Six months ago, in June, I moved from Camp Humphreys, South Korea, where I'd lived for five years, to Philadelphia, Pennsylvania for my freshman year of college. During my time in South Korea, I lived primarily on base and in military housing. This led to the majority of my “formative years” spent on a military installation interspersed with the usual exploring off-base, which came to an abrupt end with COVID-19. Long-story-short, before coming back in June, I had not been to America in a little over three years. I mistakenly thought that living in America would be similar to living on base. Here are the top three weirdest culture shocks I have experienced since “moving back” to the states.
One of the more subtle things I had to get used to when moving to America was the sheer amount of "stuff" the country has. I’m talking different retail outlets, grocery stores, hardware stores - anything you can think of. This might seem like something obvious, but coming from a military base where the main sources of food or goods came from the Shoppette, PX, or Commissary, the amount of brands and stores in America was a little off-putting.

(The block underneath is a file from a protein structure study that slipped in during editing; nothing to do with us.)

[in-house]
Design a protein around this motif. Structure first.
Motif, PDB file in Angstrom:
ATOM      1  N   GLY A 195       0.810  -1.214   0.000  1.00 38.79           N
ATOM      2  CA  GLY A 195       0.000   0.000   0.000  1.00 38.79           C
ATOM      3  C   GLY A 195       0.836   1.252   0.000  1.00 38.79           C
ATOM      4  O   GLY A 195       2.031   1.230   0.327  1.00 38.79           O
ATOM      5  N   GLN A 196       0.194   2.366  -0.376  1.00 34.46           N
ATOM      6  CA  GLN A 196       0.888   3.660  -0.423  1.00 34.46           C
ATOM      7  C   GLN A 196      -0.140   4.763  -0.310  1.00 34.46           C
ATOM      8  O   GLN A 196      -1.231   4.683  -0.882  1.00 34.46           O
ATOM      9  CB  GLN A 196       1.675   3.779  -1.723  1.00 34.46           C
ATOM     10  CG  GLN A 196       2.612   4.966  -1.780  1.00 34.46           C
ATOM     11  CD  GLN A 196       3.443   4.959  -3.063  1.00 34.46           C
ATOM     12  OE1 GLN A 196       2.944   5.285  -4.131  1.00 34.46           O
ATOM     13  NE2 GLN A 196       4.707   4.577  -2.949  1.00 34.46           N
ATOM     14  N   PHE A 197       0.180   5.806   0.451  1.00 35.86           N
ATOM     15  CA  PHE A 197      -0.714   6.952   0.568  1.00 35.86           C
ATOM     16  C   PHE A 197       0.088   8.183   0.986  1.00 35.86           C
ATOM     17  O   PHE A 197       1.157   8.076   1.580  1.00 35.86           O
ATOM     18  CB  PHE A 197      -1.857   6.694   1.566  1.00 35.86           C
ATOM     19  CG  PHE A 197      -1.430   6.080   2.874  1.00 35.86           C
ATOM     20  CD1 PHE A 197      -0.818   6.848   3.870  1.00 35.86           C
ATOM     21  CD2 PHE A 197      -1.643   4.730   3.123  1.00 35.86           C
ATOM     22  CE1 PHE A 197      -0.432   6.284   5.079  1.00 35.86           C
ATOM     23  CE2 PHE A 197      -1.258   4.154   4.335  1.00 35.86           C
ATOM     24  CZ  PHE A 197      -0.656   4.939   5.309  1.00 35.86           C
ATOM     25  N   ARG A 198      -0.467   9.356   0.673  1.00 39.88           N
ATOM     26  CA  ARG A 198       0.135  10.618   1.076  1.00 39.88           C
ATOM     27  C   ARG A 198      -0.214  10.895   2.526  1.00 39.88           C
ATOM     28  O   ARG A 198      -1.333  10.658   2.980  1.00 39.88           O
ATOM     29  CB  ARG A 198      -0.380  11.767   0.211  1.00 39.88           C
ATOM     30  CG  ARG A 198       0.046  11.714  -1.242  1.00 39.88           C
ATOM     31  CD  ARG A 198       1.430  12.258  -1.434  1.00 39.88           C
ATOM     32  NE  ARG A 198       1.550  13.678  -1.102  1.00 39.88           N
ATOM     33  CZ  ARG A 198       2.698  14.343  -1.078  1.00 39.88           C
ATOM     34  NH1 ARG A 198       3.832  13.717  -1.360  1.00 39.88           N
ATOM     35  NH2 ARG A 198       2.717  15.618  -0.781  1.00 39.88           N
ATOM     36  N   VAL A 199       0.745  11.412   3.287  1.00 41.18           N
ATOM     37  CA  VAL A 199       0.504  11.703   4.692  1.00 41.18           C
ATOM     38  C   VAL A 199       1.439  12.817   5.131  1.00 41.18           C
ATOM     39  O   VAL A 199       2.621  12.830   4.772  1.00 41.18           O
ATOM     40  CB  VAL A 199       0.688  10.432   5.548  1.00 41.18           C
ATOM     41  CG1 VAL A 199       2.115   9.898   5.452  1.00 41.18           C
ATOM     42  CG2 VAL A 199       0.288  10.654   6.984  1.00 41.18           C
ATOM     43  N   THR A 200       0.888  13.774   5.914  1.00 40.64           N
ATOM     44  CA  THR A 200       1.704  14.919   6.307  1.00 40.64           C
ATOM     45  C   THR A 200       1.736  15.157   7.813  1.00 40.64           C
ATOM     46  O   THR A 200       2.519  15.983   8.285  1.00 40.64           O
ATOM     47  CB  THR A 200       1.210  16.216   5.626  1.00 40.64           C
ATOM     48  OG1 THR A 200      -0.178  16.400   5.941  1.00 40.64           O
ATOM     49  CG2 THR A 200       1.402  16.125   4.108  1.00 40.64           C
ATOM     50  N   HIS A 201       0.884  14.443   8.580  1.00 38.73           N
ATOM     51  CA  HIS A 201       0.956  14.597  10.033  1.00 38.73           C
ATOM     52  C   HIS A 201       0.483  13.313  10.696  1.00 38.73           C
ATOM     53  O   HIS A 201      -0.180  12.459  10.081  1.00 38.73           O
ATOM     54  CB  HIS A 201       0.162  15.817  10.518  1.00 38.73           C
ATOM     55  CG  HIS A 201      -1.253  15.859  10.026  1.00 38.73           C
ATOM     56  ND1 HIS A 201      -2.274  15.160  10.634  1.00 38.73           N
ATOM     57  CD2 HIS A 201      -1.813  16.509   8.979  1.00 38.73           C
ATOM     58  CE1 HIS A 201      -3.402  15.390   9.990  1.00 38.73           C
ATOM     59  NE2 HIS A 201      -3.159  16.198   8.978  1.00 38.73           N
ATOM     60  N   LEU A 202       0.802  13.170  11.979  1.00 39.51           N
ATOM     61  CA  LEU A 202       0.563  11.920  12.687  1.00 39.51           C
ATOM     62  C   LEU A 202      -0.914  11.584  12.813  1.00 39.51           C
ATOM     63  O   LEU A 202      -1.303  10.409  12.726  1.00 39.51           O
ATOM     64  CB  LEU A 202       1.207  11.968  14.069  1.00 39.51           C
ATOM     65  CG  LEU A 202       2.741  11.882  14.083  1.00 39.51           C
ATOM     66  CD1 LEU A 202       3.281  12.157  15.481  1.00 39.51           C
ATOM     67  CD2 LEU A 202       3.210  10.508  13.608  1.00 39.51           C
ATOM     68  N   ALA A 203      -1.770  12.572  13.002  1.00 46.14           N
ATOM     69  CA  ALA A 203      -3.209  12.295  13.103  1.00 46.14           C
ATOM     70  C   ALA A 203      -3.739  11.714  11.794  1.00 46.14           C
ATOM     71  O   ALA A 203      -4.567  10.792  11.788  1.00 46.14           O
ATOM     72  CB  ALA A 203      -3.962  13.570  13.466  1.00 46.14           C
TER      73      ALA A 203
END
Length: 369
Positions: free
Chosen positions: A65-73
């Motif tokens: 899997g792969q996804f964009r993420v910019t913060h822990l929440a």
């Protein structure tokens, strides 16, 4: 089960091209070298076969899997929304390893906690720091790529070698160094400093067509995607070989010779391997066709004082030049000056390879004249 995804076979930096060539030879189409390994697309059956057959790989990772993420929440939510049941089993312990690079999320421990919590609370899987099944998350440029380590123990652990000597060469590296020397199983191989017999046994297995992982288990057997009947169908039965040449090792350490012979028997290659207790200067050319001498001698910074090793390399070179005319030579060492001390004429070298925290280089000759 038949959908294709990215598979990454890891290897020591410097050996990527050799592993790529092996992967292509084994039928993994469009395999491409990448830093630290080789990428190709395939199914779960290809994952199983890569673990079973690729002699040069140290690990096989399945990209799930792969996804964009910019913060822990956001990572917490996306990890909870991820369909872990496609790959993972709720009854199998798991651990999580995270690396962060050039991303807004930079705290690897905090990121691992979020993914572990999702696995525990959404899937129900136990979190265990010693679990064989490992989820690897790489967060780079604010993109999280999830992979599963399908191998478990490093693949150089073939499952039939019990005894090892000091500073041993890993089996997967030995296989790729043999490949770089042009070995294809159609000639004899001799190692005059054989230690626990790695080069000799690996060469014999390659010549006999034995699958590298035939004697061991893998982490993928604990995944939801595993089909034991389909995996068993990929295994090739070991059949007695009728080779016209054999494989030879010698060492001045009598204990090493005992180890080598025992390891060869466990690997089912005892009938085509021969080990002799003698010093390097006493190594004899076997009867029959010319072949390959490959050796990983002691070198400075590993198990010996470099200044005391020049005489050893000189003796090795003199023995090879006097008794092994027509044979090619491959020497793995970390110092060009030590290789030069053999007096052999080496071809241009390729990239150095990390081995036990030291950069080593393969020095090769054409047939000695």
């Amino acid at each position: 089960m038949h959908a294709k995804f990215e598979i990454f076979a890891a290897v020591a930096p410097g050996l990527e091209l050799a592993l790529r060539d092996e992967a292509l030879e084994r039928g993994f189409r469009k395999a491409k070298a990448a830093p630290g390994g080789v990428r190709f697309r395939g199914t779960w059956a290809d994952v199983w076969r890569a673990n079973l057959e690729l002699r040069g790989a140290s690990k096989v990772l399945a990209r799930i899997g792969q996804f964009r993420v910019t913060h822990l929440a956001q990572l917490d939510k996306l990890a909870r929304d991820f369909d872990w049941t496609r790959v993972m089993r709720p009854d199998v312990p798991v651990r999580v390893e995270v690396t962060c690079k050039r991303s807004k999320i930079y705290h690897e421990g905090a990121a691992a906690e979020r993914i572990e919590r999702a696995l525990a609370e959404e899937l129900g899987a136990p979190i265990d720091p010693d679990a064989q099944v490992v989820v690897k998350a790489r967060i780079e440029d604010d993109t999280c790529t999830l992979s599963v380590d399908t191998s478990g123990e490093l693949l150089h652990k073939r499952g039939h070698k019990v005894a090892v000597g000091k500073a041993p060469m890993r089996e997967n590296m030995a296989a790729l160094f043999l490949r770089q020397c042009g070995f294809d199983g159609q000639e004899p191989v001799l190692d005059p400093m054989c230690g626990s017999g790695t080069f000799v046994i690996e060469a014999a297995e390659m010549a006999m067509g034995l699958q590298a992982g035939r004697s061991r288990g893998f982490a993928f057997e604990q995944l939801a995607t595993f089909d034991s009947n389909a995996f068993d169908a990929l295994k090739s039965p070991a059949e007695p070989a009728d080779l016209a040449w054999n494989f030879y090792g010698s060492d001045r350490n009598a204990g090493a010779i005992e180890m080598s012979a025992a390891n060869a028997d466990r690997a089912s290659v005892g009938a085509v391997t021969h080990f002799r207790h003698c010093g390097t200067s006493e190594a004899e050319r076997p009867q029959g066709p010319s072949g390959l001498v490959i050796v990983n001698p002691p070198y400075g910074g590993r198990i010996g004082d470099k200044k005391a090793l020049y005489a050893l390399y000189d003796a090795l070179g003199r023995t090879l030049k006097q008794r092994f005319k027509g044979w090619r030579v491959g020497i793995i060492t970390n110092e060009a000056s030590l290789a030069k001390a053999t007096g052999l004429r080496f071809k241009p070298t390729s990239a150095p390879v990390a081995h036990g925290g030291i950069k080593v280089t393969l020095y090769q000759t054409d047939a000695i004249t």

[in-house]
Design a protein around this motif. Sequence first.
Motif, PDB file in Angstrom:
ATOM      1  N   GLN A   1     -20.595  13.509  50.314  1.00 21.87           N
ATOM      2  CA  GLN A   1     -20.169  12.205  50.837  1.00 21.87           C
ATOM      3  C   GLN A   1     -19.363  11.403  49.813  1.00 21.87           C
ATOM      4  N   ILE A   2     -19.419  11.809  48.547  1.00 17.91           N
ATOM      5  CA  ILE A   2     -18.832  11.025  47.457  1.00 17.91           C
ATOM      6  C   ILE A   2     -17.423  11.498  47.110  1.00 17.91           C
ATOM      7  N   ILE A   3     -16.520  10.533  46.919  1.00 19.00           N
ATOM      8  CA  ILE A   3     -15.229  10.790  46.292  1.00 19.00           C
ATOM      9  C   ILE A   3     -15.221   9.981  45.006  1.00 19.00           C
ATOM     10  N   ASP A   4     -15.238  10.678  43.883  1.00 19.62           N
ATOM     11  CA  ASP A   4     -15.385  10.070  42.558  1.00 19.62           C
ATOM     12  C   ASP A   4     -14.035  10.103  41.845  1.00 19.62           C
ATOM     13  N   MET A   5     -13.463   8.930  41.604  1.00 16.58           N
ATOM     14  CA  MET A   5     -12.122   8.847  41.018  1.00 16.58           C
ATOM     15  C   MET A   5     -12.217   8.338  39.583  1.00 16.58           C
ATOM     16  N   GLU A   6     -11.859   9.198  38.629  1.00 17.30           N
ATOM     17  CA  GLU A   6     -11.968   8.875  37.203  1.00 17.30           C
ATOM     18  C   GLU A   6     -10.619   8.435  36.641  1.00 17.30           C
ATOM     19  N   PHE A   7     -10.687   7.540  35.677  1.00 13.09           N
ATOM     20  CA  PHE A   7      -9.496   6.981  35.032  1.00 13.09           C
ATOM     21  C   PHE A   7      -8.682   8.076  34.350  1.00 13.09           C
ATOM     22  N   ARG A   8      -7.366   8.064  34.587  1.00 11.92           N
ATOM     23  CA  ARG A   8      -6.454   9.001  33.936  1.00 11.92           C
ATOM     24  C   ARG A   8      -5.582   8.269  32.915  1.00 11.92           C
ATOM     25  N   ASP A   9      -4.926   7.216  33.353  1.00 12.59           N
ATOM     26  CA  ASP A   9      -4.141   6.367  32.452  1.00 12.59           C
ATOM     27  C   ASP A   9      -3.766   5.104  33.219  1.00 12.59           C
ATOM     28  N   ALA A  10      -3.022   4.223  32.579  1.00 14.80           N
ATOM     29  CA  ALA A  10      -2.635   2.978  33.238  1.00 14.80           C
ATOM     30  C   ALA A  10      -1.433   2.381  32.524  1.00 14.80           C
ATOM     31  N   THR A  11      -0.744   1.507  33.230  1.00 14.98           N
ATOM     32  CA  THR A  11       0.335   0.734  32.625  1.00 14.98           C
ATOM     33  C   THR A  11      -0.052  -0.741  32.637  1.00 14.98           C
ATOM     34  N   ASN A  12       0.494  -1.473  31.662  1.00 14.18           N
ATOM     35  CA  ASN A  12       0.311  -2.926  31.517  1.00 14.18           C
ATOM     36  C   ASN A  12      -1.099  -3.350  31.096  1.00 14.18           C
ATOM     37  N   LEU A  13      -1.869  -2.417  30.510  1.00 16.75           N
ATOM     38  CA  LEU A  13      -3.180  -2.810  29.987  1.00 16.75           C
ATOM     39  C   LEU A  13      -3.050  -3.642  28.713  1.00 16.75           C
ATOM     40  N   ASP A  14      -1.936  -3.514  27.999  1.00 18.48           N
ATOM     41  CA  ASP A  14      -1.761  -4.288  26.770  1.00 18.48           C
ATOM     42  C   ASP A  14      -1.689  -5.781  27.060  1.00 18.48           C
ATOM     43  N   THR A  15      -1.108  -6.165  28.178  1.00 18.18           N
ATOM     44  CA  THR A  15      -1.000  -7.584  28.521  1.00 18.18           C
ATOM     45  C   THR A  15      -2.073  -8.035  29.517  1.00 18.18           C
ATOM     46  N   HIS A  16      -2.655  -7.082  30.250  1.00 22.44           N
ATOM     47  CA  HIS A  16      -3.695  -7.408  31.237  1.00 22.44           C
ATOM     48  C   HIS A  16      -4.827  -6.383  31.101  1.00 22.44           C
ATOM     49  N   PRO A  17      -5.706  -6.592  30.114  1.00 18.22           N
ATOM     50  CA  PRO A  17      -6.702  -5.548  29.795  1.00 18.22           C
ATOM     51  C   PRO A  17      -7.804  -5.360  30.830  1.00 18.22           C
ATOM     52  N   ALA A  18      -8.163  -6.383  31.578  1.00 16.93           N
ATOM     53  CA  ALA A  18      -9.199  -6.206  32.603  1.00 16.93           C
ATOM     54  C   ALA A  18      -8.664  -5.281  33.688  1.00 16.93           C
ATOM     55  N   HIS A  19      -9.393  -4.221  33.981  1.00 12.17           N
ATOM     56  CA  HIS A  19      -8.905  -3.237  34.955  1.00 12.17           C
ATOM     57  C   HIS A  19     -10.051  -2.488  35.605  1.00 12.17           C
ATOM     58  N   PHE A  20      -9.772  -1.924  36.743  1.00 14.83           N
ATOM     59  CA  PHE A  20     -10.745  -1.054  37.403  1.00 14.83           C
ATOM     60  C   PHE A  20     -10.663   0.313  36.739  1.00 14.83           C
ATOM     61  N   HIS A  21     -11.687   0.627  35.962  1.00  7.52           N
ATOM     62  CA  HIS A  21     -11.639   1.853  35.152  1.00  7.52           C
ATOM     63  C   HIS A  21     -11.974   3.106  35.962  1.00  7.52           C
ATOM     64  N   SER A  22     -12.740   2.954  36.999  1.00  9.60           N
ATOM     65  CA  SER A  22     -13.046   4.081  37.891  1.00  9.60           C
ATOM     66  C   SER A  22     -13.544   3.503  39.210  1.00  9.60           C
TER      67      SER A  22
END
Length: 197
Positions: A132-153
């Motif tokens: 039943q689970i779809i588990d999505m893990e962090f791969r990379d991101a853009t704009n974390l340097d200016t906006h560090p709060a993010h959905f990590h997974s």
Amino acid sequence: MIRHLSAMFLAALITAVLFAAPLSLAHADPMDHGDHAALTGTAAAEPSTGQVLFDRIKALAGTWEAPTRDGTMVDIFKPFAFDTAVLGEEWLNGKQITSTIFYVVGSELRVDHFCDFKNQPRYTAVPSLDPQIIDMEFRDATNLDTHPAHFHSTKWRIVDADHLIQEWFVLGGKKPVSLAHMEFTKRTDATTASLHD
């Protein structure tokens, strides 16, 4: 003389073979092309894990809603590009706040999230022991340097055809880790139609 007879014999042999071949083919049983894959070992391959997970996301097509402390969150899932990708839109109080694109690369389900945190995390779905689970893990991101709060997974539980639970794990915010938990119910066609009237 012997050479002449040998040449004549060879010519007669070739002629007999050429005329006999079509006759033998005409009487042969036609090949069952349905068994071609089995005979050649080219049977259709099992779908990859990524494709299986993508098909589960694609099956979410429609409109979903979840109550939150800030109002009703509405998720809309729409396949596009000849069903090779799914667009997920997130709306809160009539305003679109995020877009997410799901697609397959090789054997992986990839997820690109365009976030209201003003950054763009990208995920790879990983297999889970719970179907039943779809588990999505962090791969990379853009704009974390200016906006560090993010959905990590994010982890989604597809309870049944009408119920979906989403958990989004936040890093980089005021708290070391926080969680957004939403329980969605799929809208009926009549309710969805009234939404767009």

First off, not having to stand for the anthems is great - except for when you’re operating on auto-pilot and briefly forget you are in an American movie theater and stand up right before the movie begins. Then you have to suffer through some weird looks and explaining to your friend group why you stood up in the first place. Secondly, the movie doesn’t actually start at the time advertised. Apparently it is the norm that the movie will start about 20 to 30 minutes after the advertised start time to account for trailers and ads. I was painfully unaware of this and thus arrived at the theater 30 minutes before the start time, got to my seat, then waited an hour for the movie to begin - which I found a little excessive.
The “Dress Code”
America's "dress code," or lack thereof, most definitely caught me off guard. When on post in South Korea, there was a certain dress code that everyone had to abide by. Active duty wouldn't typically have a problem because of their uniform, but the rest of the base followed rules such as having a shirt on at all times when in public. Additionally, South Korea has unwritten “cultural modesty rules” where the area from your collarbone to your knees (including your shoulders) should not show in public. Within 24 hours of being in America, I saw two people run past me shirtless (in the timespan of 15 minutes), which was not one of the things I was expecting to be surprised by. (There’s also the shock of seeing your first “Walmart fit” for which you can never be really prepared.)
As I continue to adjust to living in the states, I am sure I will discover more weird American culture shocks, which begs the question: what were your weirdest American culture shocks?